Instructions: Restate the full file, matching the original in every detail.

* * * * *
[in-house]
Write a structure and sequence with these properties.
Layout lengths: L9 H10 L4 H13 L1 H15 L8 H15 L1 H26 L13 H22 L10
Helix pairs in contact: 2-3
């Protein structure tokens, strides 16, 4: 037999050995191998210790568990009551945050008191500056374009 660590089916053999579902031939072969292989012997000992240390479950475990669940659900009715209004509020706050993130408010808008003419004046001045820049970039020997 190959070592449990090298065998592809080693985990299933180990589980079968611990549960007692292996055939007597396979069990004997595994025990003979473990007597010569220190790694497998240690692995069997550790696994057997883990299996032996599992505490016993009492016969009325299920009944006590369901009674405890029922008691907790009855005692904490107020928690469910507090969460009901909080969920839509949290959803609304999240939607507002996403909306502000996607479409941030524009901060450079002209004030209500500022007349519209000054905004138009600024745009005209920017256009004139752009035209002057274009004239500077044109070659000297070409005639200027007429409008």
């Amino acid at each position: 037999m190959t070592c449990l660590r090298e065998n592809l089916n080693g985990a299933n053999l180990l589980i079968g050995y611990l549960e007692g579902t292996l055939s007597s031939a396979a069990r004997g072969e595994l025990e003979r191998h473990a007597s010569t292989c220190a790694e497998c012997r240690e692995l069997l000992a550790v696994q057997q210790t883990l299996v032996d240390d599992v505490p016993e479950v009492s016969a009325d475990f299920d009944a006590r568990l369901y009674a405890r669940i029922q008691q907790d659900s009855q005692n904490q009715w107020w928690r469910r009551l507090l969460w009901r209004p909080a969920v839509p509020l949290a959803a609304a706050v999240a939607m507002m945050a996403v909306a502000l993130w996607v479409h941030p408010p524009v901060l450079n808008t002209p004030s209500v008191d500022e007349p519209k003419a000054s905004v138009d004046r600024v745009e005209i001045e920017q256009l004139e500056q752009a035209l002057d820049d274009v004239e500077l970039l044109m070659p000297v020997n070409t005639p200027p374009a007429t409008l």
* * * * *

[in-house]
Write a structure and sequence with these properties.
Layout lengths: L9 H10 L4 H13 L1 H15 L8 H15 L1 H26 L13 H22 L10
Helix pairs in contact: 2-3
């Protein structure tokens, strides 16, 4: 037999050995191998210790568990009551945050008191500056374009 660590089916053999579902031939072969292989012997000992240390479950475990669940659900009715209004509020706050993130408010808008003419004046001045820049970039020997 190959070592449990090298065998592809080693985990299933180990589980079968611990549960007692292996055939007597396979069990004997595994025990003979473990007597010569220190790694497998240690692995069997550790696994057997883990299996032996599992505490016993009492016969009325299920009944006590369901009674405890029922008691907790009855005692904490107020928690469910507090969460009901909080969920839509949290959803609304999240939607507002996403909306502000996607479409941030524009901060450079002209004030209500500022007349519209000054905004138009600024745009005209920017256009004139752009035209002057274009004239500077044109070659000297070409005639200027007429409008």
């Amino acid at each position: 037999m190959t070592c449990l660590r090298e065998n592809l089916n080693g985990a299933n053999l180990l589980i079968g050995y611990l549960e007692g579902t292996l055939s007597s031939a396979a069990r004997g072969e595994l025990e003979r191998h473990a007597s010569t292989c220190a790694e497998c012997r240690e692995l069997l000992a550790v696994q057997q210790t883990l299996v032996d240390d599992v505490p016993e479950v009492s016969a009325d475990f299920d009944a006590r568990l369901y009674a405890r669940i029922q008691q907790d659900s009855q005692n904490q009715w107020w928690r469910r009551l507090l969460w009901r209004p909080a969920v839509p509020l949290a959803a609304a706050v999240a939607m507002m945050a996403v909306a502000l993130w996607v479409h941030p408010p524009v901060l450079n808008t002209p004030s209500v008191d500022e007349p519209k003419a000054s905004v138009d004046r600024v745009e005209i001045e920017q256009l004139e500056q752009a035209l002057d820049d274009v004239e500077l970039l044109m070659p000297v020997n070409t005639p200027p374009a007429t409008l």